In real life, I am snappish but basically mild and entirely non-violent person. I have played four Grand Theft Auto games front to back, and I always ended each session with a crazed kill-rampage. No apology is forthcoming.

This Is a Hard Trick To Pull Off

Making a game that makes doing evil things funny and fun is really difficult. Players don't seem to realize how tricky this is. Most people are feeling, empathic creatures. If you get the tone just a little bit off, if you make the suffering just a tiny bit real, if you let the player think for one moment about what the thing they are doing on the screen actually means, the spell is broken.

This is why, no matter how big the world of Grand Theft Auto V or Saints Row IV is, no matter how much you wander, you will never see a child running free. This is why these games, for all of the horrible crimes you can commit, will never depict a rape.

It's a delicate bit of alchemy. One of my favorite Grand Theft Auto missions ever involves repeatedly shooting a guy in a full body cast with a rocket launcher. It was just the right level of ludicrous to be hilarious.

If you can't possibly see how this could be funny, please, I beg you, never watch a Road Runner cartoon. The things that poor coyote goes through will break your heart. All he ever wanted to do was eat.

And then I turned off the Playstation and didn't turn it on again for a week.
So Don't Miss the Point

I have been a huge Grand Theft Auto fan for a long time, so the way the designers have completely lost the thread of what they're trying to do pains me greatly. The most discussed scene in the game involves the long, slow, graphic torture of a prisoner with jumper cables, pliers, a wrench, and gasoline. Here's a video of it! Enjoy! (Skip to 6:50 to really get the good stuff.)

Did you watch it? Of course you didn't. Why on earth would you?

And yet, why wouldn't you? Didn't you hear? Grand Theft Auto V has a 97 on Metacritic. That is basically perfection. It made a billion dollars in like a day. It is, critically and financially, the absolute pinnacle of the art form. Don't you like video games? Why would you not want to see the pinnacle of the art form?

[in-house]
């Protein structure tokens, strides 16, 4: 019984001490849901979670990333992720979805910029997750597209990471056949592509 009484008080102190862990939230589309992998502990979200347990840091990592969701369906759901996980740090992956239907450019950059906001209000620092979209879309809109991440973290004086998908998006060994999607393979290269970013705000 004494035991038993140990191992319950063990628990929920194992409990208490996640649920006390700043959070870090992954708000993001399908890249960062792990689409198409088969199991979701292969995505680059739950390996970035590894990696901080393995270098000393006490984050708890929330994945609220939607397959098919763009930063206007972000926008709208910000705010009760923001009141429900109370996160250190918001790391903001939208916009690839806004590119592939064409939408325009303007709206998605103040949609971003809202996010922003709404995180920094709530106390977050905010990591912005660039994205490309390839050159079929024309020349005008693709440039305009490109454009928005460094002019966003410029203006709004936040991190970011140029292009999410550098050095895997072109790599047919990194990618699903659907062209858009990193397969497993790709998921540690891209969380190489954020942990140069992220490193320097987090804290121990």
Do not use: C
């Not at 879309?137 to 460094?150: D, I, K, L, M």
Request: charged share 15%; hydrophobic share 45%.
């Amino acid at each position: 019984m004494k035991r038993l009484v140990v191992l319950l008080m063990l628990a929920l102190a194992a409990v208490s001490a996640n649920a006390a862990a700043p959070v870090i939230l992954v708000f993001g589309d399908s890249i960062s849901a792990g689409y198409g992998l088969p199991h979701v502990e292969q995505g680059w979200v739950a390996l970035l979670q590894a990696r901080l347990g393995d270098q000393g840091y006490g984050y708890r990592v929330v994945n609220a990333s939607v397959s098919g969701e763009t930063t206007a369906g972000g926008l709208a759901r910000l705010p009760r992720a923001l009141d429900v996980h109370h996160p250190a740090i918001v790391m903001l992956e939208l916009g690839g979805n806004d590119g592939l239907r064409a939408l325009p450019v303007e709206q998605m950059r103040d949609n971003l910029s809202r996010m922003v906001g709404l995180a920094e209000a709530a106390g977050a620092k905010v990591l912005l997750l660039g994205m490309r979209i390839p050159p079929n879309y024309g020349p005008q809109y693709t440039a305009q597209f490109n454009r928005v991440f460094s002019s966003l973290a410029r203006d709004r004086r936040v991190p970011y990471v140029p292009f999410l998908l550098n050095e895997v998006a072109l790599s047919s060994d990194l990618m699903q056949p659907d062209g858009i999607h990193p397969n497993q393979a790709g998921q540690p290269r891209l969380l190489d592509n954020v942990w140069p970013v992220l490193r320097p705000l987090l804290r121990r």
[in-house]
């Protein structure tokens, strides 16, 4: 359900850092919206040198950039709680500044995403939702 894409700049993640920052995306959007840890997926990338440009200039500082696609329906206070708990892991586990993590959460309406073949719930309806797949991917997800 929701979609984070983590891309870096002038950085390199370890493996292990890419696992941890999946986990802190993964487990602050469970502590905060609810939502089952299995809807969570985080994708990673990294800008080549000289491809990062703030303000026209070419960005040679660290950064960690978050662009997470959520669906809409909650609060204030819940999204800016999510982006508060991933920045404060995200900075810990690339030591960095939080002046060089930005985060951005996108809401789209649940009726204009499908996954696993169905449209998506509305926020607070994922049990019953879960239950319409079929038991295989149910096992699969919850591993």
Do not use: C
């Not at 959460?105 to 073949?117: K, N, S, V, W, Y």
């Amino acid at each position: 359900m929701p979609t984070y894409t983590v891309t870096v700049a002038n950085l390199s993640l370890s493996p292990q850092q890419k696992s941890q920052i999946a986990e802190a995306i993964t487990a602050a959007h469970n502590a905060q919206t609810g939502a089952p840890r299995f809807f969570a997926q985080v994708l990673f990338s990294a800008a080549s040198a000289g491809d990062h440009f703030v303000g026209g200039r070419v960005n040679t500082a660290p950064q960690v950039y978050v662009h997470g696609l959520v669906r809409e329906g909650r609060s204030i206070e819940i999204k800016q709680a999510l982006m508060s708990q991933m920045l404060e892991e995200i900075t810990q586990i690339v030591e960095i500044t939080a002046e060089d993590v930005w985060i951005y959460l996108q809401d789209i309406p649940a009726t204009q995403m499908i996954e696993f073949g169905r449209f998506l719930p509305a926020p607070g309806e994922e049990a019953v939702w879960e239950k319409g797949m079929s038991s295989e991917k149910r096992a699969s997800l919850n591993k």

But Anyway

Of course, this scene (and so much of the rest of the game) has been criticized for just general horribleness, to which people who don't get it respond, "But Grand Theft Auto is about having fun being bad."

This misses the point. If you want people to get that jolt of transgressive joy, you have to be more careful about what you make them do, not less. I don't know who, beyond adolescent boys, could ever have actual fun playing that scene. Game-design-wise, it's simply an unforced error.

Video games are maturing as an art form. The stuff you can't get away with in movies and TV? Soon, they won't be permissible in video games either. Civilization inflicts its requirements.

On the other hand...

Yeah, things get a little weird.
It's All In the Little Things
"Like all good stories, the second act begins with a call to action and the building of a robot." - Narrator, Saints Row IV.
Saints Row IV is a rare pleasure. It's a game that knows exactly what it is. It's not about internal consistency or artistic statements. It's about packing as much simple, senseless joy, lowbrow and high, into a game as they it possibly can.

(Disclaimer: It is the only Saints Row game I have ever played.)

It is a game that features:

The protagonist riding a nuclear missile, Dr. Strangelove style, ripping out components to disable it while your friends eulogize you on the radio and the theme song from Armageddon plays. It's pure, ridiculous genius.

A gun that shoots black holes. I can image how balancing Saints Row IV went. The designers sat down at a table, gave it some quiet reflection, and went, "Wait a second. Never mind. Our game has a BLACK HOLE GUN."

Also, the dubstep gun.

In a scene almost impossibly sweet for a game like this, you and one of your friends drive to a mission together while singing Opposites Attract. I've played a lot of games like this, but this is the only time I ever drove more slowly to hear all of the dialogue.